Lemmy Kilmister is the legendary frontman of the band Motorhead. We talk with him, and with Greg Olliver and Wes Orshoski, the directors of a documentary called Lemmy which premiered at South by Southwest in Austin.
Above: Royce the five nine talks about "flow" vs. "subject matter" in the craft of emceeing. He thinks flow is more important, and I'm inclined to agree.
Flow is the part of hip-hop that I find the most non-fans don't get. They can tell you why the positive message of a Jurassic 5 song is great ("it's like poetry!"), but they don't understand this core principle of emceeing.
Flow is all the parts of what a rapper does that aren't the content of the lyrics. It is the style, the aesthetic experience. It's why I think Missy Elliott (whose lyrics generally amount to: "I'm having fun! You should too!") is every bit as great an emcee as the much denser, more "contentful" Talib Kweli. The former is a part of the music, sometimes following, sometimes soloing. The latter often seems like he's having a fight with tbe song.
I think that it goes back to the idea that hip-hop is poetry set to music. It isn't. It's music made with words. A rapper doesn't use (much) melody, but that doesn't make him a poet any more than it makes him a novelist or a writer of technical manuals. At the core of hip-hop is the aesthetics of the rapper's voice. Lyrical content counts, too, but not as much as style, tone, timbre, rhythm. The rapper is making music every bit as much as the producer who made the beat is - his instrument is his voice.
From MaxFunster Dan, who understands that the customization craze extends far beyond your Honda CRX.
A special treat for Jordan, Jesse, Go! subscribers: a show from our newest MaxFun affiliate, Stop Podcasting Yourself. This one features our old pal Scott Simpson from You Look Nice Today. Enjoy the show, and subscribe to SPY in iTunes!
Matt Harlock is one of the directors of American: The Bill Hicks Story, a documentary about the legendary rebel comic which screened at South by Southwest. Harlock talked with us about the film in Austin, along with Hicks' brother Steve.
The film tells the story of Bill Hicks, one of the most influential and incendiary comics of the last 25 years. Hicks started performing comedy as a teenager, but found his voice in his mid-20s. Inspired by a group of comics working out of the Comedy Workshop in Houston, Texas, Hicks was fiercely personal and fiercely political, as well. He struggled against drug and alcohol addiction, getting sober in the early 1990s. He became a major star in the UK (Harlock and his co-director Paul Thomas are English), but never achieved the national impact he'd like to have achieved in the United States. In late 1993, Hicks was diagnosed with cancer. He kept the diagnosis secret from all but his closest family. He passed in early 1994 at the age of 32.
Vimeo is having some trouble at the moment - video of this episode will be up as soon as possible.
The guys above are God's Pottery. They're comic characters created by two New York comedians whose names I won't reveal, since they prefer to immerse themselves completely in their comic personae. The characters are sweet, idiotic Christian folk singers who sing inane and sometimes awful songs about morality for young people. Their intentions are good, their implementations are consistently horrible. The duo been very successful in clubs, they were nominated for a "Best Newcomer" award at the Edinburgh Fringe, they have an EP on Comedy Central Records, they appearead at the Montreal Comedy Festival, they even did a lengthy run on NBC's Last Comic Standing. When they released a book, I was happy to have the chance to record a few guest "commentaries in song" with the duo.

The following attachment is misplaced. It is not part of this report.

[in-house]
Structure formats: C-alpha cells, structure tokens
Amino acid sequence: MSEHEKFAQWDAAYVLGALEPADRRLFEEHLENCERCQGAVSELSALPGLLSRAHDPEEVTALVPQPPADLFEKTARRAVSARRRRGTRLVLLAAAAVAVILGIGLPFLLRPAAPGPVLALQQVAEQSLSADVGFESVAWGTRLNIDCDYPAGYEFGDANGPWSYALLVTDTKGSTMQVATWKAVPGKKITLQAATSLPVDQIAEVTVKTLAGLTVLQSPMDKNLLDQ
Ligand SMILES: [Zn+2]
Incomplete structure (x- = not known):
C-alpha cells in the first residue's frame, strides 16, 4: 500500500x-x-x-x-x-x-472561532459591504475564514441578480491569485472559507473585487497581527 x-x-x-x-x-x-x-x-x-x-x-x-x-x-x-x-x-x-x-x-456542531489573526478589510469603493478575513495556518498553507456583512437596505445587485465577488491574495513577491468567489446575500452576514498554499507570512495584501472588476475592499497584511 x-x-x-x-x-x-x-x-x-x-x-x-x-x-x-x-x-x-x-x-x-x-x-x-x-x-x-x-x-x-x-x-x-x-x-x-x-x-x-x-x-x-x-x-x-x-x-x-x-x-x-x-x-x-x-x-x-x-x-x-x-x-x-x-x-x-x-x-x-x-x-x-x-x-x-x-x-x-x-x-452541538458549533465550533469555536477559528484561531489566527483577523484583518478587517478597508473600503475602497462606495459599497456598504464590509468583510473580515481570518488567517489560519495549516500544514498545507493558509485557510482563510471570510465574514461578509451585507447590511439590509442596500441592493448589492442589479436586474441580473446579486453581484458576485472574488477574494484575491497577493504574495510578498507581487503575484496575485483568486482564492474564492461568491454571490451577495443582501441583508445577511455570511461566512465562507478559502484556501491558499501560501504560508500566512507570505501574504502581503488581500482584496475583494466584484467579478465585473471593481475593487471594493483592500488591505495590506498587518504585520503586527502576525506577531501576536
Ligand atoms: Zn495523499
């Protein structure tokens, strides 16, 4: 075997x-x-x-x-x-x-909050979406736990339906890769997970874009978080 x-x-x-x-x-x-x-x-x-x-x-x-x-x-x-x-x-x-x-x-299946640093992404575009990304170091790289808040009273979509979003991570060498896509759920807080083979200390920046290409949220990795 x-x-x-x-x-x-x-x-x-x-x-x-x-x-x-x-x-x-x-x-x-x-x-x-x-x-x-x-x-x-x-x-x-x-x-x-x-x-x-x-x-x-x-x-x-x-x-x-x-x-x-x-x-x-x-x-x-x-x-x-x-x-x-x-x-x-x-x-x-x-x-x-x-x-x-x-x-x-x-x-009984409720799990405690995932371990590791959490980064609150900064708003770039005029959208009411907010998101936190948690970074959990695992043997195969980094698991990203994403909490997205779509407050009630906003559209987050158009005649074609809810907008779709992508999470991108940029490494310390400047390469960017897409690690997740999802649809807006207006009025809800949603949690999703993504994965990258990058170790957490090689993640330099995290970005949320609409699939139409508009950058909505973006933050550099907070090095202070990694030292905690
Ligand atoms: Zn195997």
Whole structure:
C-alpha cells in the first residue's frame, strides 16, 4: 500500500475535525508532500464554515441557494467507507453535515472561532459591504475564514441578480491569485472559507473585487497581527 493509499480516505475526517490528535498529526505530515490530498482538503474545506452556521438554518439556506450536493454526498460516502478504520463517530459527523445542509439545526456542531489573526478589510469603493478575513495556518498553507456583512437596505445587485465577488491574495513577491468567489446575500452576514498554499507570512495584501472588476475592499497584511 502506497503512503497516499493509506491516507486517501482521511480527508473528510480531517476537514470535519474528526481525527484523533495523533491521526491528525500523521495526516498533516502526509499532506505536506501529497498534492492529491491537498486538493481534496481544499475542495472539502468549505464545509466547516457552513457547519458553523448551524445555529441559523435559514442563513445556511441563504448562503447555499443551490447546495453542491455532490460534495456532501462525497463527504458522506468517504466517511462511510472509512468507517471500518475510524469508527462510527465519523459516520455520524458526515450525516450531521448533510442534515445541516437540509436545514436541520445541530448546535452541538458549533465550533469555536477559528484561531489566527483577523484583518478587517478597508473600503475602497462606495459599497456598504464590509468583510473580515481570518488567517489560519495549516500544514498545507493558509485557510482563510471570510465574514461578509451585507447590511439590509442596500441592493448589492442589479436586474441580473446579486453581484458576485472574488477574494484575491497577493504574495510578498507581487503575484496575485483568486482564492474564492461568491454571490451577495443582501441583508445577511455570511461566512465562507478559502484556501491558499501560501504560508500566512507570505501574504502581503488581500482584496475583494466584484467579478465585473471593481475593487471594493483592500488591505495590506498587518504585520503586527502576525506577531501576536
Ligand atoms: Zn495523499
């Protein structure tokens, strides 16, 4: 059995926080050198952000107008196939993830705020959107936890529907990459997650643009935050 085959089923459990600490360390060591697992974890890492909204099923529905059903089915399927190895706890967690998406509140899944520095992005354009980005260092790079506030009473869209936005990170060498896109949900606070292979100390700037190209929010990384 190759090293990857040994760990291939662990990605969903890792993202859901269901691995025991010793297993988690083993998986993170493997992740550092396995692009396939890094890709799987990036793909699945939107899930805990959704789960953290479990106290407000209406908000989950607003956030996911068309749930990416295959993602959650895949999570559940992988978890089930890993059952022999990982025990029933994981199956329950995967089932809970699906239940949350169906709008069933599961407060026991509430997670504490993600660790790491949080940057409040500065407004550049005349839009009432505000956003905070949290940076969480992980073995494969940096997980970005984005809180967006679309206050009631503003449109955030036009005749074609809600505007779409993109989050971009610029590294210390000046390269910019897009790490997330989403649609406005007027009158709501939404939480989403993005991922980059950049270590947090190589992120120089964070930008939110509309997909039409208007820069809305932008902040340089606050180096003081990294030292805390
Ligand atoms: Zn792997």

Last week's Sound of Young America featured the first of three segments we recorded, on the subject of adoption, and as you can see from the comments on the blog, it has not been universally acclaimed. I got about half a dozen email complaints, as well. Now, about 100,000 people listen to a given Sound of Young America episode, and 15 or 20 out of 100,000 is not a huge portion of that audience. It is, however, more complaints than we usually get. Did the segment merit the criticism?
Comedy is inherently subjective. Some people find some things funny, some people don't. In my mind, though, there are two questions here: A) was the segment funny and B) was it offensive. In my book, reasonable people can disagree as to the former. As for the latter... it seems clear that some people were offended, but I stand strongly behind the segment.
In the segment, God's Pottery describe adopted children as "God's little lost socks." The refrain of their song reminds adopted children that "you're just as special as a normal child." People objected to this on several grounds.
Some of the criticisms seem to have failed to parse the segment as a joke at all. I don't really know what to say to those people - the whole segment is pretty ridiculous. So, I agree with those people, I guess. If God's Pottery were real people then yeah, they'd be pretty awful. I gave them the most flowery and absurd introduction I can think of, and previewed the segment by mentioning their Last Comic Standing credit. I didn't explicitly announce it as humor. Saying, "this is a joke" would have sucked the funny out of things completely. So to those folks I say: sorry you were confused, but if you can't recognize a joke as a joke, then there isn't much I can do.